Making and controlling change in your HFM application

Hoa Pham explains the importance of extracting metadata from HFM into Excel and how to track the changes as you redesign your HFM consolidation. Your existing metadata can be a big advantage.

This is the second part of a three part series. To start at the beginning click here. To move on to the third part click here.

When you are building Hyperion Financial Management (HFM) metadata in a redesign process, you have to expect to make significant changes.  It's helpful to lay out all your changes on an Excel spreadsheet first before committing them into the HFM application. You can do this via the EPMA dimension library or the classic HFM .app metadata file.  Your existing HFM metadata is a big advantage.  Use your existing HFM metadata as a starting point, even if you expect that cumulative changes will drastically alter the metadata.    HFM Application Toolbox can assist you in building metadata in a spreadsheet.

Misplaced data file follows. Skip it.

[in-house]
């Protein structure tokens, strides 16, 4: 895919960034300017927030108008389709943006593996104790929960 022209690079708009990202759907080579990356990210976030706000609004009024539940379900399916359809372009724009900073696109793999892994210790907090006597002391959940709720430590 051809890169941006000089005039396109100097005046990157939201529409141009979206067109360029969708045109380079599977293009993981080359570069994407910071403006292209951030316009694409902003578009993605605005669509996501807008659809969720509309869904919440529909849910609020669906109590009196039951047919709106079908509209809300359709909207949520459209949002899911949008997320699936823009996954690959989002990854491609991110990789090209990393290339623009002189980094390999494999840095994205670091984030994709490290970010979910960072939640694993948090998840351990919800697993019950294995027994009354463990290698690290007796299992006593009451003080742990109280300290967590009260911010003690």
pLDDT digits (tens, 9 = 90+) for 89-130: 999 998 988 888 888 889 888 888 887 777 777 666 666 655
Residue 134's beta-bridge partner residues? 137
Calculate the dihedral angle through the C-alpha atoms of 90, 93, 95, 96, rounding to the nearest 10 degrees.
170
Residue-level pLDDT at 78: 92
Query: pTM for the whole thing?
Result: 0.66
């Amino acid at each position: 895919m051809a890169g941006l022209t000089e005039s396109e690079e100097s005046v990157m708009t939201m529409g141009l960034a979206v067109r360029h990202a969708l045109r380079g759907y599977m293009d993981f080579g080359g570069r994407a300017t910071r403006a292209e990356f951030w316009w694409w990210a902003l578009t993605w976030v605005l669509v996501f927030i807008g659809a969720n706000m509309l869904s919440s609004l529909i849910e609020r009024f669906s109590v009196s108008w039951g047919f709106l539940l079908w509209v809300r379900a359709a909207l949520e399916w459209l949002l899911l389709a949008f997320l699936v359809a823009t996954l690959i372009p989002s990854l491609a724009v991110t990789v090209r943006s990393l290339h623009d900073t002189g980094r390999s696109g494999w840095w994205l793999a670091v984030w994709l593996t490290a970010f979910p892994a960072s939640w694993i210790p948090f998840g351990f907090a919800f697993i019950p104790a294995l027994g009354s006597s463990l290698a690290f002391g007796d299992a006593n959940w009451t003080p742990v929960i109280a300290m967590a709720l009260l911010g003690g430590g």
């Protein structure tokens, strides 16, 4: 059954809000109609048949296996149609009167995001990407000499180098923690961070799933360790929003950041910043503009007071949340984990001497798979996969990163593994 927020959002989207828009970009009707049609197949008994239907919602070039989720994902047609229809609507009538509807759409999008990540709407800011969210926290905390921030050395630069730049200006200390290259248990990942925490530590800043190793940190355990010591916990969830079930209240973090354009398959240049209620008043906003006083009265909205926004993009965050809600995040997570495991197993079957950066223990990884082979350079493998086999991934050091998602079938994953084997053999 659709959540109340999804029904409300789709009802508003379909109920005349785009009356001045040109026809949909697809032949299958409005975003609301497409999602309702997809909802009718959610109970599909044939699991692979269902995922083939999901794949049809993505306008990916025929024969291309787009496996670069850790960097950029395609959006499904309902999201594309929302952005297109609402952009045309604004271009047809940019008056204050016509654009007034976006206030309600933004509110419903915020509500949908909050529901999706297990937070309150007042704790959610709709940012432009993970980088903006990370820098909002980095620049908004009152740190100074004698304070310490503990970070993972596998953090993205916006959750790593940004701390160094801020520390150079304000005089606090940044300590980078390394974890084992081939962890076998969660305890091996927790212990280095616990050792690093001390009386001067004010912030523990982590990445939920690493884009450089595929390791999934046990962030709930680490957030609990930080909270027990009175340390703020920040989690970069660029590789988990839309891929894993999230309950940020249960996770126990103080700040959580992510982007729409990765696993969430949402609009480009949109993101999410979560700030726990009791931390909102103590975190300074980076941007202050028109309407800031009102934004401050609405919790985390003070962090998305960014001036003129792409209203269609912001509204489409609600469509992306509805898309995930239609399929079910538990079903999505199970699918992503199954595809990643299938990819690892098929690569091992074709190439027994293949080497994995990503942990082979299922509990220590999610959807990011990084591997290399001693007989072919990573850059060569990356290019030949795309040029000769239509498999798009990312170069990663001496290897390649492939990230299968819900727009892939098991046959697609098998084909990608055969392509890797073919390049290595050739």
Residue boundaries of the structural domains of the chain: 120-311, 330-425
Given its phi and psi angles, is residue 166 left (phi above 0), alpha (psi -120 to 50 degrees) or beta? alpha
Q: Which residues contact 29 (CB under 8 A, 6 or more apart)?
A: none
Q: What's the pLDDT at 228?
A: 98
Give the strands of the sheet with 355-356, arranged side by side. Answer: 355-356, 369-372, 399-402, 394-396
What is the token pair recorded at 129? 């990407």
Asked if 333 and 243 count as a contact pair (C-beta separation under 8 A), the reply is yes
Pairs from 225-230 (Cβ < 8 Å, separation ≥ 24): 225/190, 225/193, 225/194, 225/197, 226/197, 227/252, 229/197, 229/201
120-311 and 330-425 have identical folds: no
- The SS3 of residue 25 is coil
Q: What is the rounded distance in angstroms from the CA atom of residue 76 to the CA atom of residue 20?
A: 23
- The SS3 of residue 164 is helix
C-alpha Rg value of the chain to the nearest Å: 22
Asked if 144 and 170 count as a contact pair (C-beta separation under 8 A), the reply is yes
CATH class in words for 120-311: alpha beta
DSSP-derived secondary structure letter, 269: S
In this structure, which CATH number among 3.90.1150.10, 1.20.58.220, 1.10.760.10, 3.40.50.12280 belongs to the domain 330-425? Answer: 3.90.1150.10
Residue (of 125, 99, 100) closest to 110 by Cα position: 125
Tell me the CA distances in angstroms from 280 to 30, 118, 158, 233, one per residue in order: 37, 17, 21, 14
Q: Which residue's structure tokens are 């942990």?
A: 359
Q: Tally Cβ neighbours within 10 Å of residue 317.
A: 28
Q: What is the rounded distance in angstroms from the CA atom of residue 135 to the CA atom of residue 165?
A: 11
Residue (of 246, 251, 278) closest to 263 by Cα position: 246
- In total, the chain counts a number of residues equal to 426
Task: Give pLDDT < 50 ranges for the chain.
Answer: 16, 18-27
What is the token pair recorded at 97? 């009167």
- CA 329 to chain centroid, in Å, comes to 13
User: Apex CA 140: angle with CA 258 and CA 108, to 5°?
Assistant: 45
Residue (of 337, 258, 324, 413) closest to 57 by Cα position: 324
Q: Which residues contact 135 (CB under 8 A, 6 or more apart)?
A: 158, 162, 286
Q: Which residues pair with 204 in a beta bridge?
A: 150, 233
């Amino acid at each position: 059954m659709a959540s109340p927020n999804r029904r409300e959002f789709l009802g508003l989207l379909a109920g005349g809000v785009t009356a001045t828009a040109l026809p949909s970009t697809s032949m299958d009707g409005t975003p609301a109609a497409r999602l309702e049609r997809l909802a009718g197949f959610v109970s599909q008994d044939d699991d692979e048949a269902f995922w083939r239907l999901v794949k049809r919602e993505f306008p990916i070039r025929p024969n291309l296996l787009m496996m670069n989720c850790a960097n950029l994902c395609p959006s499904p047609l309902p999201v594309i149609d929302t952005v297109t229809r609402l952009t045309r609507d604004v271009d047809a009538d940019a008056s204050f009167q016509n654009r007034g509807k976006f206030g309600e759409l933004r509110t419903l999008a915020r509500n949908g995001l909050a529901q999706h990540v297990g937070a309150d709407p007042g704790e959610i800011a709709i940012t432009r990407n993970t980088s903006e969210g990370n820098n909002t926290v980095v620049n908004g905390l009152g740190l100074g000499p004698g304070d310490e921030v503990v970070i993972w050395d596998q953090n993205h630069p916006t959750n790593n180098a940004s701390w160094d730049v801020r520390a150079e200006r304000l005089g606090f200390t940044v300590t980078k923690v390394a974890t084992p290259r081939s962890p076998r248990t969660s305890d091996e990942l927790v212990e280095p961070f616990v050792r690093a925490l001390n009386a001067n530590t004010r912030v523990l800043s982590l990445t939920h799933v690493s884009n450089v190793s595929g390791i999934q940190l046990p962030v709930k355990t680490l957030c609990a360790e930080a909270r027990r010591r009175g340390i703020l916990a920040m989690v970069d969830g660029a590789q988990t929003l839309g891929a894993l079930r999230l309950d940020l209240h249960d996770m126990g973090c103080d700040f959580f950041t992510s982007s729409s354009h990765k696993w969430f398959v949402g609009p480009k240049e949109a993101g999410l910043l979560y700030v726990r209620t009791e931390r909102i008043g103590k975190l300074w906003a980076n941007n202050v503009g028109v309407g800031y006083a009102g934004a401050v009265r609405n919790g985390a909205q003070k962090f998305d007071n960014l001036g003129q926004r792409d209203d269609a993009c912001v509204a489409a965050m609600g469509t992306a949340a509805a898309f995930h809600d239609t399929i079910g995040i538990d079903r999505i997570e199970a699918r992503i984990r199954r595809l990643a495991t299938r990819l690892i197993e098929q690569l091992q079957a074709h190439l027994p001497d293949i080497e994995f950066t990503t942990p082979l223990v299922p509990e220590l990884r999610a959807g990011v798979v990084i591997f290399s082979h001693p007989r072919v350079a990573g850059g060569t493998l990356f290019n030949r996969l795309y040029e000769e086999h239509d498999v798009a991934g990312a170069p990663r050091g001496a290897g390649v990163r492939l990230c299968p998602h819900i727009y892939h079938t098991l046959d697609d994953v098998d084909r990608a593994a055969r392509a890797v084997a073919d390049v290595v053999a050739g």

Fig. 1: The HFM Application Toolbox

Using the HFM Application Toolbox, connect to your existing HFM application. From there you can extract any dimension into a spreadsheet in the hierarchical or tree view (Figure 2).

Fig. 2: An account dimension extracted into a spreadsheet.

In Figure 1, you can see the account dimension starts at the top level in column A and then each generation (or level) is indented over to the right by one column in the spreadsheet.  This helps you visualize how the metadata will look when it is built in HFM.  Metadata properties such as the IsICP field and the top custom member name fields need to be identified to make the metadata valid.  The HFM Application Toolbox export should contain all the major properties that you need to maintain.  Working in Excel lets you make mass changes using Find & Replace commands, and use Sort & Filter commands to view the metadata in different configurations.

Create a tracking process in your spreadsheet to match the old metadata to the new metadata members.  This will be extremely valuable when you convert historical data and map changes to existing reports.  In Figure 3, I've inserted two new columns (highlighted in yellow) for change control tracking.  The first new column shows the old metadata member name. The second new column stores text that identifies the change made to the metadata.  This second new column can be sorted and filtered to isolate modifications or to show a specific set of similar changes. 

Fig. 3: The spreadsheet from Figure 2 during the metadata redesign.

Next Steps

How to create business rules in Oracle HFM

How to redesign your Hyperion consolidation

Dig Deeper on Oracle Hyperion